Black Rock Mountain

The clouds were rolling in as we settled into our cottage; we talked about the “cotton balls” hanging in the mountains while we sat on the back porch. After unpacking our bags and answering a multitude of questions about the “awesome” stone fireplace that stood as the cottage centerpiece, we decided to hit the trail.

Ada-Hi is a half-mile trail, but we worked diligently on this hike because of the steep slope.  Dense thickets of rhododendron and mossy-covered rocks were our reward as we marched to the falls at the end of the trail. It reminded me of Smithgall Woods State Park.  We were lucky enough to visit the falls the day after a rainstorm, so the water was flowing generously.

June 18 – Early this morning we drove less than a half-hour to Tallulah Gorge State Park. The boys have a few more years before they can hike the gorge floor or the suspension bridge, but we enjoyed the North and South Rim Trails. A series of falls along the gorge floor grabbed our attention, as well as the towers used by Karl Wallenda when he walked across the gorge via tightrope.

Back at Black Rock Mountain we relaxed by taking a walk around Black Rock Lake, then visiting Foxfire Museum.  Foxfire isn’t part of the Park’s system, but it is on property adjacent to the park. Our favorite part was ringing the bell at the Chapel. It was a truly unique way to teach the boys about Appalachian life.

You can click through here to read about our winter Georgia State Parks journey.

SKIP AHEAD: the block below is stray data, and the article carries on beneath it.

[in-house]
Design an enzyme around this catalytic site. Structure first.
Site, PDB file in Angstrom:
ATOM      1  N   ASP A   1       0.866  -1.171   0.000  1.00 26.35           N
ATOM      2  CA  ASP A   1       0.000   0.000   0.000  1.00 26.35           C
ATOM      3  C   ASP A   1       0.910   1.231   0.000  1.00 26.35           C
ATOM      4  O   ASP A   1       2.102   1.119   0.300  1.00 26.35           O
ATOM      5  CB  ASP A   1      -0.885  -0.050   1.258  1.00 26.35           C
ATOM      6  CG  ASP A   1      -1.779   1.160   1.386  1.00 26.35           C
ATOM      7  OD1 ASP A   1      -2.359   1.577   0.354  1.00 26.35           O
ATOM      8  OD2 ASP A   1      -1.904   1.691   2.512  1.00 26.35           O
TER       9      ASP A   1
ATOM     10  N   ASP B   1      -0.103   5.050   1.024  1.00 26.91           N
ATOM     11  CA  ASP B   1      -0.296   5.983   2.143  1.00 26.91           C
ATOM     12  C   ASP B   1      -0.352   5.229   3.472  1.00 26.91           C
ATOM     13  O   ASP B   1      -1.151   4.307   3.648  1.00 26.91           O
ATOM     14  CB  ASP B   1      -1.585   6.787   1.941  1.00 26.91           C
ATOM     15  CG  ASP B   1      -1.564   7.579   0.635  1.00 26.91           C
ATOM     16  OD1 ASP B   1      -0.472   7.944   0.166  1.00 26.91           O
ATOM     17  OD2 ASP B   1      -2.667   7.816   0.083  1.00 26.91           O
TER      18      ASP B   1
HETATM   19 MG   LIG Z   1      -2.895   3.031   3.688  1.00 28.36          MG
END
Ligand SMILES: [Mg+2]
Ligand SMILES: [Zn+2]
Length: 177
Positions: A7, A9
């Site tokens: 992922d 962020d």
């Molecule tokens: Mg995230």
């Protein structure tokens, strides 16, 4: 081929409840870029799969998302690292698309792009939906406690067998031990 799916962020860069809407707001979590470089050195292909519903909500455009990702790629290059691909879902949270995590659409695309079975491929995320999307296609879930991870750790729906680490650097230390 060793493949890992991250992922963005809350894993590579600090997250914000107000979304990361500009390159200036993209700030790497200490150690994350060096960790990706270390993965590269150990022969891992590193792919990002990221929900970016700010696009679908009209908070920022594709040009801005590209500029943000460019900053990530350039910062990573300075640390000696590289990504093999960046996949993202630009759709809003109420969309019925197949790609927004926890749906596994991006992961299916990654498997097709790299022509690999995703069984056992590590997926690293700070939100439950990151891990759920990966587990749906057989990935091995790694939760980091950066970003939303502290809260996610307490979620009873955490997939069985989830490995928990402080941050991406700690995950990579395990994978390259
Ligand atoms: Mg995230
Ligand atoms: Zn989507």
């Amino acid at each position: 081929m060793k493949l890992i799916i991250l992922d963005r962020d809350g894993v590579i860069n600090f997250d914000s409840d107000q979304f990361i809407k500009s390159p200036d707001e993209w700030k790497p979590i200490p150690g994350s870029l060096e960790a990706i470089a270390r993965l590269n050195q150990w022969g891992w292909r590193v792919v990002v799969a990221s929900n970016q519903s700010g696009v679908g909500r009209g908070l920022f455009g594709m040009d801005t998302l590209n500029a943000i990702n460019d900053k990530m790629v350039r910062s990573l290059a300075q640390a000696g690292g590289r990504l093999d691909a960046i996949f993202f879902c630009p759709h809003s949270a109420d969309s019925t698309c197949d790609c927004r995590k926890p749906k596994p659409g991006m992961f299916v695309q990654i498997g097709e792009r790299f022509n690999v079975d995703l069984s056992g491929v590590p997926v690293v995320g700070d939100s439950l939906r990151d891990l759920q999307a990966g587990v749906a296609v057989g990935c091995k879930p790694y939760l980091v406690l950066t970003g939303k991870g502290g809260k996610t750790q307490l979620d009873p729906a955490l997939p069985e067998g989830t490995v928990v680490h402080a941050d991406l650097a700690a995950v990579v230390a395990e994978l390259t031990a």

lesliLesli Peterson is Georgia’s Destination Expert for Trekaroo and founder of 365 Atlanta Family. She is a homeschooling mom to 2 young boys and bonus mom to two teenagers. From her home base of Atlanta, Lesli spends her time life-learning with the kids one road-trip at a time, and sharing her experiences along the way. 

Day Trip to Callaway Gardens

VegGarden 177_CG

Pine Mountain and Callaway Gardens were recommended to me by a coworker and I’d like to pass on the recommendations.

The Tourism Office in Pine Mountain was super helpful in recommending what to see in Pine Mountain, at Callaway Gardens and the food options in town.

Covering thousands of acres, the Gardens offer something for everyone. Attractions include the Birds of Prey show (with multiple birds flying just overhead), Day Butterfly Center and Mr. Cason’s Vegetable Garden (recognizable to PBS viewers).

callaway (1)While it would take days to cover all the land by foot, there is ample parking throughout the park as you hop from attraction to attraction.

The Discovery Center is a great starting point for your trip. The Ida Cason Memorial Chapel is a work of art and not to be missed. There are many trails which offer the opportunity to observe the gorgeous gardens. Depending on the season, each experience is bound to be different.